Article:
Despite its place as a “white collar” federal crime, wire fraud is a serious offense with serious consequences. It is also broadly worded, covering a wide range of potential criminal behavior. In the age of the internet, the majority of wire fraud cases stem from online activity. Given the potential for substantial financial damage, a wire fraud conviction carries steep penalties.
During the investigation or prosecution of a case involving wire fraud, the federal government has endless resources at its disposal. Despite the odds seemingly stacked against you, these cases are often defensible. A sound, aggressive trial strategy could see the charges against you reduced or even dismissed before you ever go to trial.
A successful outcome in a wire fraud case will not happen on its own, however. To put your strongest defense forward, seek guidance from a board-certified expert in criminal law. Call attorney Doug Murphy right away to face allegations of wire fraud head-on.
Defining Wire Fraud under Federal Law
The crime of wire fraud is governed by 18 U.S.C. § 1343. There are many different types of fraud under federal law. While they each share similar elements involving schemes to defraud another person, wire fraud is unique in that it requires the use of wire, radio, or television communication to perpetrate the fraud. Given the amount of communication that takes place electronically, this statute applies to a wide array of criminal offenses.
There are four unique elements required to prove wire fraud. They include:
- that the defendant voluntarily and intentionally devised or participated in a scheme to defraud another out of money;
- that the defendant did so with the intent to defraud;
- that it was reasonably foreseeable that interstate wire communications would be used; and
- that interstate wire communications were in fact used
Every case of wire fraud begins with a scheme to defraud another person of their money or property. This scheme must knowingly involve a misrepresentation in order to deprive another individual of something valuable. Not just any misrepresentation will result in a wire fraud conviction. The misrepresentation in question must be of a material fact. This means a misrepresentation about a minor or irrelevant fact is not enough to rise to the level of fraud. This misrepresentation does not have to be an outright lie. Merely leaving out an important fact could also result in a fraud conviction. This is known as a deceitful omission of facts.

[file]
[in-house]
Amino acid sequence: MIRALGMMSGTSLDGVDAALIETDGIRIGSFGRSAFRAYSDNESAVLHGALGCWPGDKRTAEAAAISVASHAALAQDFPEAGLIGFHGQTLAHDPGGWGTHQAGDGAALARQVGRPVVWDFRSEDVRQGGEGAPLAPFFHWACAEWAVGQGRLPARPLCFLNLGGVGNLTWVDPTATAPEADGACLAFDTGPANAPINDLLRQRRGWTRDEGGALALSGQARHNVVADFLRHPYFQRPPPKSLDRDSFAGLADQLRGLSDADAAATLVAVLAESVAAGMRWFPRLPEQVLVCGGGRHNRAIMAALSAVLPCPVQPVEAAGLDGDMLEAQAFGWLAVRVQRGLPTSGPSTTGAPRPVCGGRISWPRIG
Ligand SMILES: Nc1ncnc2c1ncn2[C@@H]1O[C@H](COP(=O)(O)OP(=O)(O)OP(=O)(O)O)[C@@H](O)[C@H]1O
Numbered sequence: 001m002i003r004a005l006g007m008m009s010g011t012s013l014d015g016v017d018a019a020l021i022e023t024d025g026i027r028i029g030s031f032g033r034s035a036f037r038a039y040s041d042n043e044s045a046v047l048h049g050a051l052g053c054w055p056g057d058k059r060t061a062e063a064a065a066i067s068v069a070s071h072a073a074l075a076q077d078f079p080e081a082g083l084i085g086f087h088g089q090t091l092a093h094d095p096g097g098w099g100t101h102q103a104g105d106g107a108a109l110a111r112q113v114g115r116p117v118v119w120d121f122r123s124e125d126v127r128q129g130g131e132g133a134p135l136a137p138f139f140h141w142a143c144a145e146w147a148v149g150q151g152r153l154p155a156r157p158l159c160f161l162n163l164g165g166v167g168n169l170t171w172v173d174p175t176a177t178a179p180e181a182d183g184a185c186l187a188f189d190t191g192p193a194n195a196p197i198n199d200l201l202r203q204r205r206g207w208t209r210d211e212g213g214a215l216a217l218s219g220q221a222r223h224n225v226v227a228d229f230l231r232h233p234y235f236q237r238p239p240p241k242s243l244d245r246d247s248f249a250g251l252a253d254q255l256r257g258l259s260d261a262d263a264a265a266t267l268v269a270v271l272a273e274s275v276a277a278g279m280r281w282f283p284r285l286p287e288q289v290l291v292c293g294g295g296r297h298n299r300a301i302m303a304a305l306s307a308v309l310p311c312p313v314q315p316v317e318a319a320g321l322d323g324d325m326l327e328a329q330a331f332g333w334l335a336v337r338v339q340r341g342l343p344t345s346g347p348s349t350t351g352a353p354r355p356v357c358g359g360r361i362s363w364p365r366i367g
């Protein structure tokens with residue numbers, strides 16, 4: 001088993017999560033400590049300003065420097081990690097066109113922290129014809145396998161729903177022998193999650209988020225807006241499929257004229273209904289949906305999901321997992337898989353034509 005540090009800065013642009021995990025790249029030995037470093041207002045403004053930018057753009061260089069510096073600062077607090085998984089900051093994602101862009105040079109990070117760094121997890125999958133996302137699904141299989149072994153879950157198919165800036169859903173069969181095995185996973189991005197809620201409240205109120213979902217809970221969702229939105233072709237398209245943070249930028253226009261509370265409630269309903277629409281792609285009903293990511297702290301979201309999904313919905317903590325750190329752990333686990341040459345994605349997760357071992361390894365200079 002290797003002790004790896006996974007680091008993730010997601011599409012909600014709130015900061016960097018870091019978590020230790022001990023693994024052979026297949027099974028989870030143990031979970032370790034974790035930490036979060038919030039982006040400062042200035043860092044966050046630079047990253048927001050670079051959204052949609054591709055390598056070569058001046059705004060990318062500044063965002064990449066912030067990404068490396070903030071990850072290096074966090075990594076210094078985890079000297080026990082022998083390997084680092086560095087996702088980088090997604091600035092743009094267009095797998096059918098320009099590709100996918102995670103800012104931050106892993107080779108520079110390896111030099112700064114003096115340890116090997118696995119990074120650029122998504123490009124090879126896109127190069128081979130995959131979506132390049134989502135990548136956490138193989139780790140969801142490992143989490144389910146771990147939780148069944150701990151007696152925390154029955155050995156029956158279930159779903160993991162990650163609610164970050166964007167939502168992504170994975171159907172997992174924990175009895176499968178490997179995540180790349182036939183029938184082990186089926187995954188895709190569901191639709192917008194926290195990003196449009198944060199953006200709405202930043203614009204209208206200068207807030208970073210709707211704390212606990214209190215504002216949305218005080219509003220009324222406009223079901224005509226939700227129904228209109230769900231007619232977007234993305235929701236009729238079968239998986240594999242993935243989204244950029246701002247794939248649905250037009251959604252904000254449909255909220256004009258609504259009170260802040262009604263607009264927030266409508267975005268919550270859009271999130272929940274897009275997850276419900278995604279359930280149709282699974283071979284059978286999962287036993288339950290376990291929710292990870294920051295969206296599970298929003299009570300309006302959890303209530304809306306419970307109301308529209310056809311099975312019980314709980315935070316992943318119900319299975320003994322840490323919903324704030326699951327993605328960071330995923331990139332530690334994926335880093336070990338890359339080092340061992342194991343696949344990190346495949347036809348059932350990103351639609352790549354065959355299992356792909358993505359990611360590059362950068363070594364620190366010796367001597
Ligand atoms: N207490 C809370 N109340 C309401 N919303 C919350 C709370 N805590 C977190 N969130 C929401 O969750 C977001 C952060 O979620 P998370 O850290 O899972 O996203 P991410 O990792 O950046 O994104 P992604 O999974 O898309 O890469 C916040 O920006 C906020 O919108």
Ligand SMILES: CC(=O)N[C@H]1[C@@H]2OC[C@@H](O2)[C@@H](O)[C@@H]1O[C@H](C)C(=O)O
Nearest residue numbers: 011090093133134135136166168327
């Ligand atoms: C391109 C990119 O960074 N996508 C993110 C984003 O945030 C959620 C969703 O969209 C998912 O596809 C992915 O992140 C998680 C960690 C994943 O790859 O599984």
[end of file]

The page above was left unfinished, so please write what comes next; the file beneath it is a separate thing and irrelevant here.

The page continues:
Fraud must also be calculated to fool a person of “ordinary prudence.” This means the fraud must be sophisticated enough to fool the average person, but not so outrageous that the average person would see through it.
There is no requirement that the fraud attempt is successful, or that it result in the intended target losing anything of value. Merely attempting to commit wire fraud is enough for a conviction under the statute. In the end, it is the effort to defraud that is the crime, not the actual taking of another person's property.
Use of Wired Communication
The thing that sets wire fraud apart from other fraud offenses is the use of wired communication to advance the fraud. This could involve communication through radio, television, or digital communication. This is a broad element that includes sending faxes, communicating by email, or advancing the fraud through the use of the telephone among other things.
It is important to note that the use of wired communication does not have to be a central aspect of advancing the scheme. Instead, it is enough that the scheme was advanced using the form of wired communication in any way. That a trivial aspect of the alleged crime is enough to rise to the level of wire fraud can lead to a broad range of charges on the federal level.
Finally, intent plays an important part in the crime of wire fraud. Simple mistakes and unintentional communications are not enough to rise to the level of wire fraud. For a conviction, the prosecution must establish that you intended to defraud or deceive another person. It is not enough that you sent a fraudulent communication; you must have acted with the intent to move a fraudulent scheme forward. While intent is required, it is possible to obtain a conviction if the government can show you acted with reckless indifference to whether or not a material statement is true. In other words, it is fraud to make a material representation you should have known was true, even if you were unsure if it was untrue.